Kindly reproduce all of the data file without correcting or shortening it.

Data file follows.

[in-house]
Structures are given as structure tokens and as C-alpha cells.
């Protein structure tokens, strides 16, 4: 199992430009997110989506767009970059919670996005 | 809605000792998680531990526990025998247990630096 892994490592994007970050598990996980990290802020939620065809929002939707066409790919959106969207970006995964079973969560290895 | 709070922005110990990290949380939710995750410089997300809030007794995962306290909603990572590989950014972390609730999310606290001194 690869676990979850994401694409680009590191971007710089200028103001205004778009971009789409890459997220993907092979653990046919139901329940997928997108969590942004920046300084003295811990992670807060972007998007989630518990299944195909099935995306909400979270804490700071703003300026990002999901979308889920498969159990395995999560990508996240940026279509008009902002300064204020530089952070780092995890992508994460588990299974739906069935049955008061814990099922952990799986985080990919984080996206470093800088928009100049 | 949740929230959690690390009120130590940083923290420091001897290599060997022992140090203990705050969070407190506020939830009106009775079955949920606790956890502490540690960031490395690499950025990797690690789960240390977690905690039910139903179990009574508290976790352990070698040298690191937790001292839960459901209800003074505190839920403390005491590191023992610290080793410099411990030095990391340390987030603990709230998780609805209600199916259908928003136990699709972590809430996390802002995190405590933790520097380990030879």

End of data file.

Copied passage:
[in-house]
Structures are given as structure tokens and as C-alpha cells.
């Protein structure tokens, strides 16, 4: 199992430009997110989506767009970059919670996005 | 809605000792998680531990526990025998247990630096 892994490592994007970050598990996980990290802020939620065809929002939707066409790919959106969207970006995964079973969560290895 | 709070922005110990990290949380939710995750410089997300809030007794995962306290909603990572590989950014972390609730999310606290001194 690869676990979850994401694409680009590191971007710089200028103001205004778009971009789409890459997220993907092979653990046919139901329940997928997108969590942004920046300084003295811990992670807060972007998007989630518990299944195909099935995306909400979270804490700071703003300026990002999901979308889920498969159990395995999560990508996240940026279509008009902002300064204020530089952070780092995890992508994460588990299974739906069935049955008061814990099922952990799986985080990919984080996206470093800088928009100049 | 949740929230959690690390009120130590940083923290420091001897290599060997022992140090203990705050969070407190506020939830009106009775079955949920606790956890502490540690960031490395690499950025990797690690789960240390977690905690039910139903179990009574508290976790352990070698040298690191937790001292839960459901209800003074505190839920403390005491590191023992610290080793410099411990030095990391340390987030603990709230998780609805209600199916259908928003136990699709972590809430996390802002995190405590933790520097380990030879």